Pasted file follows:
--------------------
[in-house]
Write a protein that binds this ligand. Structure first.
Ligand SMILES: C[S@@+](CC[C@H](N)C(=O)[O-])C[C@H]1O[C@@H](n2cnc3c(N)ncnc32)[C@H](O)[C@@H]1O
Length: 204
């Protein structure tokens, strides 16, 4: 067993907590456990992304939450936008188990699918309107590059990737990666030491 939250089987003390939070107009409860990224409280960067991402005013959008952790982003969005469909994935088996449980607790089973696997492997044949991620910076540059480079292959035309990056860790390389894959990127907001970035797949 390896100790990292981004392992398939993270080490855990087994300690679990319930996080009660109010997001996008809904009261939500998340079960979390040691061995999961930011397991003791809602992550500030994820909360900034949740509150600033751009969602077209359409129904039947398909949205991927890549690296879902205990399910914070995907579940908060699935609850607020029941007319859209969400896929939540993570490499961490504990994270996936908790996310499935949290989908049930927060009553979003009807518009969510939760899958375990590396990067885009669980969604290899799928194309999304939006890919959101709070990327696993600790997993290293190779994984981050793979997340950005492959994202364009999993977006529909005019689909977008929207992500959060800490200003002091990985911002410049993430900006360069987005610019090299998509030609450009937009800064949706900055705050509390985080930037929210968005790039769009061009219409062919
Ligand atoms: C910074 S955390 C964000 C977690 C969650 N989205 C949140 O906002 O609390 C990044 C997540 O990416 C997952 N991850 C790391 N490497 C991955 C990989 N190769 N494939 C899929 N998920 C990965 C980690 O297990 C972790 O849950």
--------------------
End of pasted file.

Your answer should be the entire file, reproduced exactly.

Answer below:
[in-house]
Write a protein that binds this ligand. Structure first.
Ligand SMILES: C[S@@+](CC[C@H](N)C(=O)[O-])C[C@H]1O[C@@H](n2cnc3c(N)ncnc32)[C@H](O)[C@@H]1O
Length: 204
């Protein structure tokens, strides 16, 4: 067993907590456990992304939450936008188990699918309107590059990737990666030491 939250089987003390939070107009409860990224409280960067991402005013959008952790982003969005469909994935088996449980607790089973696997492997044949991620910076540059480079292959035309990056860790390389894959990127907001970035797949 390896100790990292981004392992398939993270080490855990087994300690679990319930996080009660109010997001996008809904009261939500998340079960979390040691061995999961930011397991003791809602992550500030994820909360900034949740509150600033751009969602077209359409129904039947398909949205991927890549690296879902205990399910914070995907579940908060699935609850607020029941007319859209969400896929939540993570490499961490504990994270996936908790996310499935949290989908049930927060009553979003009807518009969510939760899958375990590396990067885009669980969604290899799928194309999304939006890919959101709070990327696993600790997993290293190779994984981050793979997340950005492959994202364009999993977006529909005019689909977008929207992500959060800490200003002091990985911002410049993430900006360069987005610019090299998509030609450009937009800064949706900055705050509390985080930037929210968005790039769009061009219409062919
Ligand atoms: C910074 S955390 C964000 C977690 C969650 N989205 C949140 O906002 O609390 C990044 C997540 O990416 C997952 N991850 C790391 N490497 C991955 C990989 N190769 N494939 C899929 N998920 C990965 C980690 O297990 C972790 O849950």